East of Spitsbergen are two islands, Barentsøya and Edgeøya. Edgeøya is the third largest island in Svalbard, and it is part of the Søraust-Svalbard Nature Reserve. This was the perfect spot to start our Arctic expedition. The island is full of wildlife. Most of the snow has now melted, and life has been uncovered. Beautiful little lakes and small ponds create the perfect conditions for recently arrived migrating birds.

We arrived in Zodiacs to the beach, where waves wash up various algaes. The ocean connects Svalbard to the world and brings a variety of life up through the Arctic Ocean. Remarkable pieces of driftwood also arrive. It’s the only wood we will see here, as we are so far north and very far from forests and trees.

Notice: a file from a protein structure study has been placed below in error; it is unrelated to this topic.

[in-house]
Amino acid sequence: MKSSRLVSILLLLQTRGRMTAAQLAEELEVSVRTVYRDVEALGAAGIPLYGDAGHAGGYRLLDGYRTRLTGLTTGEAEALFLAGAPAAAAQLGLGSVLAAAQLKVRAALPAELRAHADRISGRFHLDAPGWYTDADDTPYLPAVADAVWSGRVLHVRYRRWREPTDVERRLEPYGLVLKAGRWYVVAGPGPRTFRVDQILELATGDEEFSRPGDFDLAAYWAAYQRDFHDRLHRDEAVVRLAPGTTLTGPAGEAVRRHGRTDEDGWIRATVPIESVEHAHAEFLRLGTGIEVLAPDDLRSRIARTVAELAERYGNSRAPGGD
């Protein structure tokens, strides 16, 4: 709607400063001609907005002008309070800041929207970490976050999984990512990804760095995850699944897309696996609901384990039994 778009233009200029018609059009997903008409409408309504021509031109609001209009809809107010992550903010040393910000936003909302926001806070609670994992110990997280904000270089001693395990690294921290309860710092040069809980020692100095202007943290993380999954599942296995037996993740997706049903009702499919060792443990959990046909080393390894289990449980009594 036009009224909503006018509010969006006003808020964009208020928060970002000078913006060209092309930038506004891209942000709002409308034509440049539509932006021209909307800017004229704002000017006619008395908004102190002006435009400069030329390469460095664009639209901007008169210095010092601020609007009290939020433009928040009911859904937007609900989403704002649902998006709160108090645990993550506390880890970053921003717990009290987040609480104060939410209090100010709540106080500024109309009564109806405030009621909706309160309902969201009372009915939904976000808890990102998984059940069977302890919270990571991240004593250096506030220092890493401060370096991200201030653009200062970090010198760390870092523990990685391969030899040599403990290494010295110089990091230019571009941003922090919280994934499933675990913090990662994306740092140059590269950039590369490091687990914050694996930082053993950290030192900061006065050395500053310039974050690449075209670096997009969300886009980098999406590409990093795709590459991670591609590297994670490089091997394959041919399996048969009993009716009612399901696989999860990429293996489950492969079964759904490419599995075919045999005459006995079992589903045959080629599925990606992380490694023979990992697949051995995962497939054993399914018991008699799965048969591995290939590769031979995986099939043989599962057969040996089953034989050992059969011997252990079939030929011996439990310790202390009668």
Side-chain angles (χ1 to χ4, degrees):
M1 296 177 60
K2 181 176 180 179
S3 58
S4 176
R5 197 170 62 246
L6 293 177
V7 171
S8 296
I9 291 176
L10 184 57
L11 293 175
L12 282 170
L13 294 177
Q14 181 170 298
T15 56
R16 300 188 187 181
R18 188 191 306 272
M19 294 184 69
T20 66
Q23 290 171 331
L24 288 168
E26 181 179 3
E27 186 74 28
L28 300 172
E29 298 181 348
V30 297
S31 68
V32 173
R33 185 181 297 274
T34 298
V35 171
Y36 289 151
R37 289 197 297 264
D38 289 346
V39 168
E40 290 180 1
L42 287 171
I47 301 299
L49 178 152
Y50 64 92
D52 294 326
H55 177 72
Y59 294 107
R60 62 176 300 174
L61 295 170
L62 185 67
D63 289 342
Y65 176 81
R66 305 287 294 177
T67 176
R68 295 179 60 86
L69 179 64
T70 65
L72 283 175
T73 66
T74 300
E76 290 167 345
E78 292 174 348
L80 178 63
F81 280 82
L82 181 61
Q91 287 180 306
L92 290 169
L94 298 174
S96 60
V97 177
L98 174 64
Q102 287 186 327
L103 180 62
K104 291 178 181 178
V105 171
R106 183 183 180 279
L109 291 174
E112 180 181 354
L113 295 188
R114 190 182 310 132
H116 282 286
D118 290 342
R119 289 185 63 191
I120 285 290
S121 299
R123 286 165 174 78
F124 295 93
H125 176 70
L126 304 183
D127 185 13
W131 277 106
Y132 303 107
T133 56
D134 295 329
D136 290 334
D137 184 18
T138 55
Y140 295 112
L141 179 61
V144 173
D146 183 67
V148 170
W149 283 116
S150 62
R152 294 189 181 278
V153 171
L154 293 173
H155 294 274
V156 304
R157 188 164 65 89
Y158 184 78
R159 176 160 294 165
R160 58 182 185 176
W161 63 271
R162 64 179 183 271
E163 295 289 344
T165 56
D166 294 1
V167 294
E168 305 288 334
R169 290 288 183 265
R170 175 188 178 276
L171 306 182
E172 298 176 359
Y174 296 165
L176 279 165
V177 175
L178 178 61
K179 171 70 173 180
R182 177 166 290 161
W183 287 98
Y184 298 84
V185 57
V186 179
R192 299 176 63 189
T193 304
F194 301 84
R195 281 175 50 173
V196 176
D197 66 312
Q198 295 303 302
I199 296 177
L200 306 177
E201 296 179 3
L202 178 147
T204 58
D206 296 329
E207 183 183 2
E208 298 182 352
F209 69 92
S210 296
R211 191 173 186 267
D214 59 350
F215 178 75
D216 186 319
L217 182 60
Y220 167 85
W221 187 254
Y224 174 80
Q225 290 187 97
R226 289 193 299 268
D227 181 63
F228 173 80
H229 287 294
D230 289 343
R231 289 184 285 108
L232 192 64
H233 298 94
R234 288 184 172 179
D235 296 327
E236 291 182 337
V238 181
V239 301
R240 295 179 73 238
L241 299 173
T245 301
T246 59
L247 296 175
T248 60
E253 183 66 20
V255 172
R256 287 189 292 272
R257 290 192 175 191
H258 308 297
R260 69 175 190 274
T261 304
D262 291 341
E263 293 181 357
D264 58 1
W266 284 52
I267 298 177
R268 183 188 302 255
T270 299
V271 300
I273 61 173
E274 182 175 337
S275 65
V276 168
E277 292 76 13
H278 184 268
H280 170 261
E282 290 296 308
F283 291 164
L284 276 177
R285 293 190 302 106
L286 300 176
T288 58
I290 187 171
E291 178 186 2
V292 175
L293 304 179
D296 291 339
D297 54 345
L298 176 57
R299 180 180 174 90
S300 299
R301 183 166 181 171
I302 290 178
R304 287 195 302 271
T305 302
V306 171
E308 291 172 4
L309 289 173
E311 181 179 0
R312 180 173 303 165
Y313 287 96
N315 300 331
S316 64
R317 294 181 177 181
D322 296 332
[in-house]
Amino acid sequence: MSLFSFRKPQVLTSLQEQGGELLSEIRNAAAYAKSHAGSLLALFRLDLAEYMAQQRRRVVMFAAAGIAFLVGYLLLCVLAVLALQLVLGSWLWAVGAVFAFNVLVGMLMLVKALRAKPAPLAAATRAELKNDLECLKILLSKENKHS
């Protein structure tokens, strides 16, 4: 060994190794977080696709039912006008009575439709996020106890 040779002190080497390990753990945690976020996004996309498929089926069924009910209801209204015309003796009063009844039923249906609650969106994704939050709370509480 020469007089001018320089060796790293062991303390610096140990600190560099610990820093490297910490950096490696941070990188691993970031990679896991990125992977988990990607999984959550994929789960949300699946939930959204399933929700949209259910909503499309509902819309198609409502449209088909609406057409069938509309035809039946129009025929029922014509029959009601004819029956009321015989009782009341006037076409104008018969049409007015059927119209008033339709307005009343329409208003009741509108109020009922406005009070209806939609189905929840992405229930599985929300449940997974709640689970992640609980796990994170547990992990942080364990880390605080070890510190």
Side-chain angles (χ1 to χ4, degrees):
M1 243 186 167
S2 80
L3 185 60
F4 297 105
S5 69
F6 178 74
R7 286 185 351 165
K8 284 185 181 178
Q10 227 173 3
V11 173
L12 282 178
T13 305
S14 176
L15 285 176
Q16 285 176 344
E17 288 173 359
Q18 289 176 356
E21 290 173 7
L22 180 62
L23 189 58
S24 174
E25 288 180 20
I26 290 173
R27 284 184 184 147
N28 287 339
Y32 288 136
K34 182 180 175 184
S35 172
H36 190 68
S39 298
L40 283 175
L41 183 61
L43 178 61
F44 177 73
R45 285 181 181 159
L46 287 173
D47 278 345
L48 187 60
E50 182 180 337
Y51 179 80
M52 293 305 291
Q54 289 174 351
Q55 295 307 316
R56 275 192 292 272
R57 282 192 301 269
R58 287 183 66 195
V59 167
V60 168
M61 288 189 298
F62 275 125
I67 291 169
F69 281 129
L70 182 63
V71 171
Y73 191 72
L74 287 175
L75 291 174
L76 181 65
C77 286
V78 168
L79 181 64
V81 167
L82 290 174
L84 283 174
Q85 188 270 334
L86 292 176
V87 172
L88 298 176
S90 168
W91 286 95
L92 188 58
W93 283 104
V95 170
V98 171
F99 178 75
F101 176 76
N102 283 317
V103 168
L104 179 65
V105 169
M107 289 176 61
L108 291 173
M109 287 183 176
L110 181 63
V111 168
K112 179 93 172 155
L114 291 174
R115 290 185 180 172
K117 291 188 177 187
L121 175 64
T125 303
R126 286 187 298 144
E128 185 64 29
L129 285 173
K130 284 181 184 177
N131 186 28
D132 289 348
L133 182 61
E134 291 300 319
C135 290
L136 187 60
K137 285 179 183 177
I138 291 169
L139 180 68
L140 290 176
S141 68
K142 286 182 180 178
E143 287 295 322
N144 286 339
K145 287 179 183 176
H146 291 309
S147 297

We started our exploration with different kinds of hikes. From the beach, we went up a small hill and found a long stretch of surprisingly lush tundra, many lakes, and a landscape dominated by plateau mountains and moors.

Exploring the landing, we found Svalbard reindeer antlers. As we walked farther in, we had good sightings of these fascinating Arctic mammals. The birdlife was very diverse and included purple sandpipers, red phalaropes, snow buntings, black guillemots, Arctic terns, pink-footed geese, red-throated loons, and even majestic king eiders.

Right at the landing, we jumped into our Zodiacs and traveled around the bay to see the unique walruses. A group rested on the beach and swam in the water. These incredible marine mammals have tusks that can grow up to one meter. A bull can measure up to 3.5 meters and weigh 1500 kg.

What a wonderful way to start our Svalbard expedition. Tonight, we will reach the ice edge. We are thrilled to see what we will encounter.